Unregulated Freight Forwarders In The Nigerian Logistics Space
Freight forwarders, forwarding agents or Non-Vessel Operating Common Carriers (NVOCCs) are primarily in the business of organizing shipments for either organizations or individuals on import and export basis. Ideally, all these activities are conducted within the limits country-specific laws, regulations and in line with global best practice. While it is true that freight forwarding regulations are designed to control the activities of freight forwarders around the world, many ‘forwarders’ have become agents of disorder and in direct contention with established rules and regulations.
Unregulated and self-serving agents (posing as freight forwarders) is one of the major challenges confronting freight forwarding in Nigeria and this is largely responsible for how the Nigeria freight forwarding industry is perceived globally. However, there are a good number of indigenous companies, that have excellent record of compliance; the requisite structures, processes, expertise, capacity, and experienced manpower to handle diverse freight-related transactions.
A clear understanding of these contending realities would serve as a guide to local and multinational companies; international partners and affiliates who are already engaging or yet to decide on engaging a Nigerian forwarder. Having said that, attention must be paid to the following commonest attributes of unregulated freight forwarders within the Nigerian logistics space.
- Non-Compliance with regulatory requirements: This is very common and two major factors are largely responsible to its pervasiveness. The first is, lack of firm regulation and the second is corrupt regulatory agents who connive with forwarders to pervert established rules and procedures.
- Lack of transparency: Transactions with this category of forwarders are usually shrouded in a lot of dishonesty; mostly evident in false declarations and undervaluation which when discovered by the authorities would attract huge penalties, leading to additional charges or even confiscation of cargo.
- Poor cargo handling: Most of them lack the capacity and technical competence in cargo handling and this exposes shippers to a lot of costly and avoidable damages.
- Liability: These agents have little or no liabilities at any stage of their operation. Most of them have their entire offices in a suitcase. That creates the opportunity to connive with corrupt regulatory agents, who take advantage of the gaps in the system to cheat.
- Lack of technical knowledge in managing the complexities of global logistics – including documentation, shipment coordination and offering the right advice to shippers.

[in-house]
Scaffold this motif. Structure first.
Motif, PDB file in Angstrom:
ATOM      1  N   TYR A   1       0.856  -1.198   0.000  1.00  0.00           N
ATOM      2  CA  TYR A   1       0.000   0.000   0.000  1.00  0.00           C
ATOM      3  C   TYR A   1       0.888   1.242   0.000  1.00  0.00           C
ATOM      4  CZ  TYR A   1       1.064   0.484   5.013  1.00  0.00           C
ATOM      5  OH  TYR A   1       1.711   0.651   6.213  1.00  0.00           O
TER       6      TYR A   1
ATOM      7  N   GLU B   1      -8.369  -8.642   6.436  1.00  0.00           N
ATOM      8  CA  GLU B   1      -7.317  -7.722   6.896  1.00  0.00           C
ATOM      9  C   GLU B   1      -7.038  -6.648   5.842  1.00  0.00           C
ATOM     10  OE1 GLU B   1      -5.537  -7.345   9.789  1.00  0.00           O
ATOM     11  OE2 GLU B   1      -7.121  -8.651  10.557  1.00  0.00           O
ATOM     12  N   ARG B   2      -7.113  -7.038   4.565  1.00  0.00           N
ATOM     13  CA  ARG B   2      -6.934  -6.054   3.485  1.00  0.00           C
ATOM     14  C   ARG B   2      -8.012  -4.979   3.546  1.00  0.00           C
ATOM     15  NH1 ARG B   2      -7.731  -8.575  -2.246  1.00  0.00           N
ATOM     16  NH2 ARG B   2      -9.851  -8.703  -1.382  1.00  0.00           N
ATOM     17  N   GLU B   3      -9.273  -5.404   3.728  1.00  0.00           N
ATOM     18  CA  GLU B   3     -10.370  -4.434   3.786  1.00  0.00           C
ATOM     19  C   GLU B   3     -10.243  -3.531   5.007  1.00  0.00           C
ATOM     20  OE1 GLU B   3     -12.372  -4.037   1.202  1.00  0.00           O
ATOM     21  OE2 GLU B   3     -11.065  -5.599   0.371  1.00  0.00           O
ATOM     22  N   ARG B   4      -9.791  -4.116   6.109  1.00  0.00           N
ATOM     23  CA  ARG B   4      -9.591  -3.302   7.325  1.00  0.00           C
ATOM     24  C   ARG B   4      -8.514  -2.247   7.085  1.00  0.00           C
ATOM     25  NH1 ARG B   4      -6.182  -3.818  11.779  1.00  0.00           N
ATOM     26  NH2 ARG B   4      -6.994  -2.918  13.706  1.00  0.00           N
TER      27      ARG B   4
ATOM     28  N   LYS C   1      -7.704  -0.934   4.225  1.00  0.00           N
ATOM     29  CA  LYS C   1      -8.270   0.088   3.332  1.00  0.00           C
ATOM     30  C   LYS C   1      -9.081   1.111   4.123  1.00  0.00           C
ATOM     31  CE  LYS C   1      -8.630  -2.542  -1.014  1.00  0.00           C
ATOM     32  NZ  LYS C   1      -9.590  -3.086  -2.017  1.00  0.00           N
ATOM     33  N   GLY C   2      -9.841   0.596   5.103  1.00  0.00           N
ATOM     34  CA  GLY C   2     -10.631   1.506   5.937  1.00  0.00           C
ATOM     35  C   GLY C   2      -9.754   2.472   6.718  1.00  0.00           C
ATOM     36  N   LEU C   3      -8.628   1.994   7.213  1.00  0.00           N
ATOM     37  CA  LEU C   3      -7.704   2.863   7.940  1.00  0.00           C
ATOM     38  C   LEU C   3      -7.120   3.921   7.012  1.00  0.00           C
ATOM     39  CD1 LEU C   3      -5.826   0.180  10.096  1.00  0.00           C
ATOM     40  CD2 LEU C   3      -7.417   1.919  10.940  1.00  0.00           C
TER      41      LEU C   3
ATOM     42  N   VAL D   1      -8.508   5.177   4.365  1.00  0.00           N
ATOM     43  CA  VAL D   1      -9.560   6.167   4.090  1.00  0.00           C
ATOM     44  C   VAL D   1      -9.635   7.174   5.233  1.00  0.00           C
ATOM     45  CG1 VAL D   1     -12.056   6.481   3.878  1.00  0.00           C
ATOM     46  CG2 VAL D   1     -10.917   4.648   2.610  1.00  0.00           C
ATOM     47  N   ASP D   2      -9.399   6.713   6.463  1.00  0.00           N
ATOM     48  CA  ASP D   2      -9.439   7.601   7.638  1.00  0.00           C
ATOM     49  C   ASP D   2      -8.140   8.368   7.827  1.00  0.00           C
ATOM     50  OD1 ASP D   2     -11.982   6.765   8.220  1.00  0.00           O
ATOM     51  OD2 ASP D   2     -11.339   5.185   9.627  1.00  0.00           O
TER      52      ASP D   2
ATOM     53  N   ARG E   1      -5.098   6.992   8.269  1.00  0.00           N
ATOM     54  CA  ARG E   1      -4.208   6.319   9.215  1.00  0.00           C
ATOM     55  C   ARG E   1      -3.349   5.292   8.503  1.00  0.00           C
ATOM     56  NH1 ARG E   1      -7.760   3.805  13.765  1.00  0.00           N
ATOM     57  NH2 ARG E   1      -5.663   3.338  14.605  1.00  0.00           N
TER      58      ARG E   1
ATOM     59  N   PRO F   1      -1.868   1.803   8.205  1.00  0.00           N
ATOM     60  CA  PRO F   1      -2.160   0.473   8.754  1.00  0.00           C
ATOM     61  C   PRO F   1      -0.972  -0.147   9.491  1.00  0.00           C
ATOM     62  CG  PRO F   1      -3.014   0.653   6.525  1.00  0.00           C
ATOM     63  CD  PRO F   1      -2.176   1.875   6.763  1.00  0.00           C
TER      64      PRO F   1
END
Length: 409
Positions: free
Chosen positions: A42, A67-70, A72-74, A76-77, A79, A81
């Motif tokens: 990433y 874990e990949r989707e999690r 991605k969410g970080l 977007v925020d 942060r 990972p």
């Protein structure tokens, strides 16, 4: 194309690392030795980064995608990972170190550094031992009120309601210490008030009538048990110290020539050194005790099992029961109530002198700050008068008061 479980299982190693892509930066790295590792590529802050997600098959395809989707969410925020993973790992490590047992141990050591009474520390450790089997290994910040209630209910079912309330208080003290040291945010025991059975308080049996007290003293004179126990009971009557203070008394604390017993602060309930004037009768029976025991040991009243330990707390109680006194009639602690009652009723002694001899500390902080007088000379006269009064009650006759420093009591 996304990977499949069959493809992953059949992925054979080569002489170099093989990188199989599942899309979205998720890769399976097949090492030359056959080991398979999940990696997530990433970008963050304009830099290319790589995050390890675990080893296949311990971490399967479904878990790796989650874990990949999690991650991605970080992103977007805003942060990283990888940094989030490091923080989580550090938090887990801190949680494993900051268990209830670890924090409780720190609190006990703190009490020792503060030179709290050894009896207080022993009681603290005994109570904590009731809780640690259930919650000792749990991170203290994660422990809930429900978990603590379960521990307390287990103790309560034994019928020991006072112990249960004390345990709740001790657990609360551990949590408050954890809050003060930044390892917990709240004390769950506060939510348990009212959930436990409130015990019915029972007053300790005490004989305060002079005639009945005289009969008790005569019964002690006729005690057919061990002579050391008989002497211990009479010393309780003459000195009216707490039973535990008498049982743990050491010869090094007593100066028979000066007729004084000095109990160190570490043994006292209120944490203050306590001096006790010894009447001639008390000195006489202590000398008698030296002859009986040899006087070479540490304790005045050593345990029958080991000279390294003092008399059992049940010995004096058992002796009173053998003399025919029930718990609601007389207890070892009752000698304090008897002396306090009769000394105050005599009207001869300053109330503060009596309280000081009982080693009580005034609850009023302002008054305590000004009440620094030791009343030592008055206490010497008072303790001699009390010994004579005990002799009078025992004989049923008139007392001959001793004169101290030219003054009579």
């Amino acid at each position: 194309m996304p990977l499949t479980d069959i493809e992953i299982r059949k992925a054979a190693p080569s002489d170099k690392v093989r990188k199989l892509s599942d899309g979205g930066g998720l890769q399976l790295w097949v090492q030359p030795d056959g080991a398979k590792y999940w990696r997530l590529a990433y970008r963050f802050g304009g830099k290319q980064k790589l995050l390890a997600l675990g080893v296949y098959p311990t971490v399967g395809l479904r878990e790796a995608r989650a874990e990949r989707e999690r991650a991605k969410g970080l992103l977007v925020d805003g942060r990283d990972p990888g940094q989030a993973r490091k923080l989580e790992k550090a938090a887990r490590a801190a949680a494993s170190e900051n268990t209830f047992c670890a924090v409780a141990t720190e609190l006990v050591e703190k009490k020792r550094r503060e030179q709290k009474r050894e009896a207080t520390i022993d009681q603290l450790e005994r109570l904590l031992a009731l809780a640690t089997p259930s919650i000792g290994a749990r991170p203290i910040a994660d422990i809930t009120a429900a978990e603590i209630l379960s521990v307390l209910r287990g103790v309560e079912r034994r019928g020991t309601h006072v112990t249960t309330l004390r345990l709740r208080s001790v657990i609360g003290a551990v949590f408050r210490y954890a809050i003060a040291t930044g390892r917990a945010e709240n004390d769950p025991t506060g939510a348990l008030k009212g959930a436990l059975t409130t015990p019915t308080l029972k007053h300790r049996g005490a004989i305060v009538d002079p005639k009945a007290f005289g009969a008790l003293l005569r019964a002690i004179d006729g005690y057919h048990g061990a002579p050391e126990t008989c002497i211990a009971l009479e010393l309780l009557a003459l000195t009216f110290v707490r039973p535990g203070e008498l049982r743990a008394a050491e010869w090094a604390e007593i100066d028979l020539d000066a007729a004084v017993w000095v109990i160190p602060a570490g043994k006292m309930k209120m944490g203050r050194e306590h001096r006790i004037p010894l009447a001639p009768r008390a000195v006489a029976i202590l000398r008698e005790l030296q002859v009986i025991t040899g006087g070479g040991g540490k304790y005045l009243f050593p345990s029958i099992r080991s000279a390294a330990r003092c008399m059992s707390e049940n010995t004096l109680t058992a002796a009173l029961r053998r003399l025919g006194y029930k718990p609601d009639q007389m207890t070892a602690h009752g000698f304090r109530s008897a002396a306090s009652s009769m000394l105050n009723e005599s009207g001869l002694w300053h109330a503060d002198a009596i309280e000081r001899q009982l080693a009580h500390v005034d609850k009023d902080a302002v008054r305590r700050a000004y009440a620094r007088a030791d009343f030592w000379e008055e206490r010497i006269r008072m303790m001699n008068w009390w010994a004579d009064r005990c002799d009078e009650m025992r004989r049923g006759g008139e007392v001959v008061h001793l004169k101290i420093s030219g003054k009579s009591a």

- Poor information management and feedback systems, leading to wrong shipping, booking and delivery information.
Fears about these commonest attributes in the Nigerian logistics space have persisted among global traders either due to a previous negative experience; general perception of the Nigerian industry from a global media perspective or otherwise. Though there are bases for these doubts, the Nigerian logistics space is characterized by two categories of forwarders. One is a bunch of self-serving, non-compliant and inept forwarders, while the other is an organized set of highly compliant, well structured, and highly competent forwarders. What this means is that if you’re interested in engaging a Nigerian forwarder, you must understand that there are as many trustworthy forwarders as there are shady ones.
Dealing with unregulated freight agents is a major challenge to every well-meaning person in the Nigerian logistics space because they have practically brought this industry to its knees and have caused great reputational damage, as well as how it is perceived globally. How do you deal with agents who hardly own any offices; with no clearly defined structure or processes; with entire offices in their suitcases?
The problem here has never been lack of legal framework to regulate the business of freight forwarding in Nigeria but firm application and enforcement of these rules by regulatory agencies. One is now moved to suggest that the Shippers’ Council should be empowered to enforce firm regulatory policies to ensure that freight forwarding in Nigeria is regulated to the extent that every intending or existing forwarder or forwarding agent meets all the basic requirements for operating in the industry. That way, we can have industry that is largely known for compliance, transparency and to the positive outlook of the industry as a whole.